“It is well-built in an eye-pleasing style,” Slate said. “Its absence would negatively transform that neighborhood and I believe it could be redeveloped to become a great asset to the downtown.”


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Springfield Symphony Hall to present Improv Show

Improv Show at Symphony Hall

symphony hall

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Colin Mochrie and Brad Sherwood will headline Springfield Symphony Hall, bringing their unique brand of improvisational comedy to the downtown venue on May 1, 2016.

Tickets for next year’s show will go on sale over the summer, becoming available through all Ticketmaster outlets and locations beginning Aug. 10 at 10 a.m.

Mochrie and Sherwood shared stage time on the popular television improv showcase called “Whose Line Is It Anyway” before joining forces to tour.

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The entire show is driven by audience participation. Audience members yell out suggestions and Colin and Brad do the rest. Also, throughout the show, audience members are brought up on stage to add an extra element of the unexpected.

‘Peep This: Art in Springfield Storefronts’ enlivens unused windows

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peep this

SPRINGFIELD – Artwork decorating otherwise vacant storefronts not only makes downtown Springfield a more inviting place to stroll, but it helps attract prospective business owners to these downtown spaces.

“Seeing someone else use a space creatively makes them more able to see their own ideas in these storefronts,” said Morgan Drewniany, assistant director of the Springfield Business Improvement District and one of the people behind “Peep This: Art in Springfield Storefronts.”

“Peep This” is a program of the Springfield Central Cultural District.

She likened the art to staging a vacant home with furniture so it looks inviting to prospective buyers.

Drewniany and the Springfield  BID announced “Peep This” with a news report Monday. the exhibit features the works of seven local artists installed in five storefronts downtown.

The locations are: 1391 Main St., 1373 Main St., One Marketplace Corridor which is located near Hampden Bank off Harrison Street , 15 Taylor St., and 176 Worthington St.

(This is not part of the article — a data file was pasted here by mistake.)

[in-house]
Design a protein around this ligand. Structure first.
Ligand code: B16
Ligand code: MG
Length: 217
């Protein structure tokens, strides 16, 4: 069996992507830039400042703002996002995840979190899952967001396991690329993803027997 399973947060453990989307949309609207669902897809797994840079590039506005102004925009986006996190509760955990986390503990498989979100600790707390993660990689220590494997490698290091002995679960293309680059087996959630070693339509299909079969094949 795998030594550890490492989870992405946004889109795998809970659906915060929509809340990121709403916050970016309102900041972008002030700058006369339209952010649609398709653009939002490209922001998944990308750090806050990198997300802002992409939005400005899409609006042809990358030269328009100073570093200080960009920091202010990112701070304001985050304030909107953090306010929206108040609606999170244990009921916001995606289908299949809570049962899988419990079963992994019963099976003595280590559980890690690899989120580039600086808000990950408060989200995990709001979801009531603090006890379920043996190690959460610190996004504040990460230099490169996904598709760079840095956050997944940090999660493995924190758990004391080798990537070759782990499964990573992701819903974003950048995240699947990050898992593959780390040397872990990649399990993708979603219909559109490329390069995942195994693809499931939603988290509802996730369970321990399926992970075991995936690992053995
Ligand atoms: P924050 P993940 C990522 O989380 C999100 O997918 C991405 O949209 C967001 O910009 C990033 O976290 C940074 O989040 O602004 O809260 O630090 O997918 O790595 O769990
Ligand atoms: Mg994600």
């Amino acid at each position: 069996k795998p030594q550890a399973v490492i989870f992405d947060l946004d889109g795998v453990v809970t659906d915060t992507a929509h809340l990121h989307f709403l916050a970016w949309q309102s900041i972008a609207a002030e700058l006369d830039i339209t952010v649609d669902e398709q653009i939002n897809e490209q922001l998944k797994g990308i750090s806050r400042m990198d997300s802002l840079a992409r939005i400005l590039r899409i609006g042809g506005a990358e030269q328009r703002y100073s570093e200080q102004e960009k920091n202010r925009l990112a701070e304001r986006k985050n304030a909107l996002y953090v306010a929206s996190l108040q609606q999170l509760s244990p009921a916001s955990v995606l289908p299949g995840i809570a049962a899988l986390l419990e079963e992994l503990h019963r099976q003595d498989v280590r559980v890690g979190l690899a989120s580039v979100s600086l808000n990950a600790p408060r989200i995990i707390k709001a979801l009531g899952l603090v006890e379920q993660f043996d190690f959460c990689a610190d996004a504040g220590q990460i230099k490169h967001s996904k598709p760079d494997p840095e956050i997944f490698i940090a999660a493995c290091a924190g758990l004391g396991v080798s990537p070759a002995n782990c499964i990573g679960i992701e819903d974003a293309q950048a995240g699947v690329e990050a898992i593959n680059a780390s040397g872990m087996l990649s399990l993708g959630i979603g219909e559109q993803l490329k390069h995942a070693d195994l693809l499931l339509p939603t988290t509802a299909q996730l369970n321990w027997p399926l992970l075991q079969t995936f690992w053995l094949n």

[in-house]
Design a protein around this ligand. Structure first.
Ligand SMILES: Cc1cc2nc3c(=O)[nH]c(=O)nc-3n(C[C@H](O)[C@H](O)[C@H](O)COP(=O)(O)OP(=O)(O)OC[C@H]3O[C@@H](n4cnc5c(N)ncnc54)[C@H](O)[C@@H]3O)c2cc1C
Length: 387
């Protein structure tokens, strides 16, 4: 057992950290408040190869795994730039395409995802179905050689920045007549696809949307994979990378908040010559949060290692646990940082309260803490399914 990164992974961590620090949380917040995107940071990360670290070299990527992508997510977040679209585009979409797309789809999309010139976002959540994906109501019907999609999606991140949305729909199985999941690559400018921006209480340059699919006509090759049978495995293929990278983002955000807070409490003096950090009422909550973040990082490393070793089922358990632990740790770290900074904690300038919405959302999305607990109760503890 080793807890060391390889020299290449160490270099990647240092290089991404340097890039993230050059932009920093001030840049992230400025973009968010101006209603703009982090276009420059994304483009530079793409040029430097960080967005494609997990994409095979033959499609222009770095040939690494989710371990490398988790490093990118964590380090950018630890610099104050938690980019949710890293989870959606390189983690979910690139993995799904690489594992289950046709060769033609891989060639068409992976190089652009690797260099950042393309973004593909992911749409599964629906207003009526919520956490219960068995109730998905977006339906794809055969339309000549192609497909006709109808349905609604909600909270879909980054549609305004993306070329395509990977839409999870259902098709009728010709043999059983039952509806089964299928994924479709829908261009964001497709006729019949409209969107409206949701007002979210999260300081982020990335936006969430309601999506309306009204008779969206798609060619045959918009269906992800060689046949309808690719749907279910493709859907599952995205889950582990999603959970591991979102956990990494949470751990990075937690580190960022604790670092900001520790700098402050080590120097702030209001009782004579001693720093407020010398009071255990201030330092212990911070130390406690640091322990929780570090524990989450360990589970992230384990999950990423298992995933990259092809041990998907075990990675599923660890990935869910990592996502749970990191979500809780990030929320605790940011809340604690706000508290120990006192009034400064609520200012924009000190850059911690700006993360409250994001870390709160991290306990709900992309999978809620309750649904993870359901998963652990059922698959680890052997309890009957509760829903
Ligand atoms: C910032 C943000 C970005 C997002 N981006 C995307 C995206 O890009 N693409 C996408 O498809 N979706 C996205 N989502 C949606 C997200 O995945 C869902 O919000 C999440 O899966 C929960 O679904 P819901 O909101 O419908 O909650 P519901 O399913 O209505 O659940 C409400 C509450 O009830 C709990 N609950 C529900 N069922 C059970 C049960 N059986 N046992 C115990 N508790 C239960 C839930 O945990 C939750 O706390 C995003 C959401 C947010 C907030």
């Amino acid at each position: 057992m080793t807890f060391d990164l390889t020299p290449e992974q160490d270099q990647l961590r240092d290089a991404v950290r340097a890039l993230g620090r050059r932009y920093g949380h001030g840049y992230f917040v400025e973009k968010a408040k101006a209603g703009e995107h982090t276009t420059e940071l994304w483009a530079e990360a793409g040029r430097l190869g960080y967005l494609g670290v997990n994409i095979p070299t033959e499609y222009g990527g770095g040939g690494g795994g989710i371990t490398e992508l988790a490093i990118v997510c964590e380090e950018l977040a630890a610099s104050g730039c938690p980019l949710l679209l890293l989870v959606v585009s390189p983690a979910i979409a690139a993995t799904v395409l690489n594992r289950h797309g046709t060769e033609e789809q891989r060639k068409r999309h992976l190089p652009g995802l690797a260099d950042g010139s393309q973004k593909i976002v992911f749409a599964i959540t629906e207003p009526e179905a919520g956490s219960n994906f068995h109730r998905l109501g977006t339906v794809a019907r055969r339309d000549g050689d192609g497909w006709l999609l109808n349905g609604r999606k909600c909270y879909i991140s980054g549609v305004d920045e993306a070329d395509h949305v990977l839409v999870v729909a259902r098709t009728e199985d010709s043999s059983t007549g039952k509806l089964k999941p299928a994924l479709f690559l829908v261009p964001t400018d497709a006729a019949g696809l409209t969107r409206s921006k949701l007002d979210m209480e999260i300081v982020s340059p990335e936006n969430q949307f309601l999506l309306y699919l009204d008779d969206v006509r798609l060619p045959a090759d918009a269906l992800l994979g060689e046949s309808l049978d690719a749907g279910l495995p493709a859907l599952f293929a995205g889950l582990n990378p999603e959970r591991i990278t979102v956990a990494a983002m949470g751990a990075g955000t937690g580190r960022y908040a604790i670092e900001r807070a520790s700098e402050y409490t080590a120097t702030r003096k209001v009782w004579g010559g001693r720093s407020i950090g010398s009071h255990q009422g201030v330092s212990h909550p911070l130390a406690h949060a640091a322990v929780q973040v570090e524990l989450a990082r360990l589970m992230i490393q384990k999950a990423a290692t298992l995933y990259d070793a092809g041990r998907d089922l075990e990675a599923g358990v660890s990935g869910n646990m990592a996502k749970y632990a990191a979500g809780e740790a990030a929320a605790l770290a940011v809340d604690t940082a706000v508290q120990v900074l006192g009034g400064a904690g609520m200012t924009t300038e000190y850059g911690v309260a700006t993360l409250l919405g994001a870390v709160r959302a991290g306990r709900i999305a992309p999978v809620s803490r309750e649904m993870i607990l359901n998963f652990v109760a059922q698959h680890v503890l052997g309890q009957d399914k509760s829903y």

The artists are Trish Cataldo, Sally Curcio, Jack Devlin, Dana Filibert, Andrae Green, Chris Marion and Priya Nadkarni.

“The city has a whole arts scene that doesn’t have have a strong connection to downtown,” she said. “There are a lot of great things going on at Indian Orchard Mills.

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Springfield RMV… where should it be?


Where Should the Springfield RMV Go?

Springfield RMVHave you had to renew your license recently? Or get an updated title? Or any other registry business?  Then you know the lines and traffic at the Springfield RMV.  The current location sits right on the border of the Springfield Business Improvement District border.  They are looking to move it to somewhere else in the City and the spot they found fell through.  Our media partner MassLive posed the question… where do you think it should go?

Do you have a thought on the topic?  Weigh in here.


Speaking Thursday at a ribbon-cutting event for a new Registry services desk at the AAA Pioneer Valley office in Amherst, interim registrar Erin Deveney said a new set of bid specifications for a new Registry office are out and she hopes to have a site selected in 90 days.

She promised a modern facility large enough to serve Springfield and surrounding areas. There is a registry office in Chicopee and Easthampton and  AAA offers some registry services to its members from offices in Amherst and on Capital Drive in West Springfield.

Neighbors and city council members complained of the St. James Avenue/ Martone Place location saying the traffic would be disruptive to the community. The city didn’t issue required approvals and won in court when the developers who had a contract with the  state sued.

Sen. Warren visits new Downtown non-profit

Sen. Warren

U.S. Sen. Elizabeth Warren said her visit to Springfield yesterday focused on two issues of extreme importance – talking of ways to help at-risk youth, and bringing news of a new $728,000 federal grant for city firefighter safety and training.

The Springfield Business Improvement District is so proud to have new non-profit Suit Up Springfield in our district, in a storefront on Worthington Street.  This is where Warren visited on her trip to learn about Suit Up Springfield and other local organizations that are helping at-risk youth and recently released inmates. Suit Up Springfield helps at-risk youth academically and professionally, including providing them with donated suits and ties for job interviews and to help with self esteem.

Warren then stopped at the Fire Department headquarters, also on Worthington Street, to announce the federal grant that will provide 67 full sets of self-contained breathing apparatus, and an additional 165 face masks for firefighters, and for certification training of all fire officers.

“It’s an incredible day for the Springfield Fire Department,” Fire Commissioner Joseph Conant said. “It is much needed equipment, much needed training that we have been fighting for the last couple of years. To give our firefighters the best equipment is my top priority to keep them safe and to keep the public safe.”

Sen. Elizabeth Warren visits community organization in SpringfieldU. S. Sen. Elizabeth Warren, D-Mass and Springfield Mayor Domenic J. Sarno participated with other local officials and community groups in an open forum at Suit Up Springfield Friday. Suit Up Springfield is a community based group focused on helping young Springfield men to become professionally minded and attired.

Such a grant is the least the federal government can do to aid emergency personnel who rush into buildings when everyone else runs out, Warren said.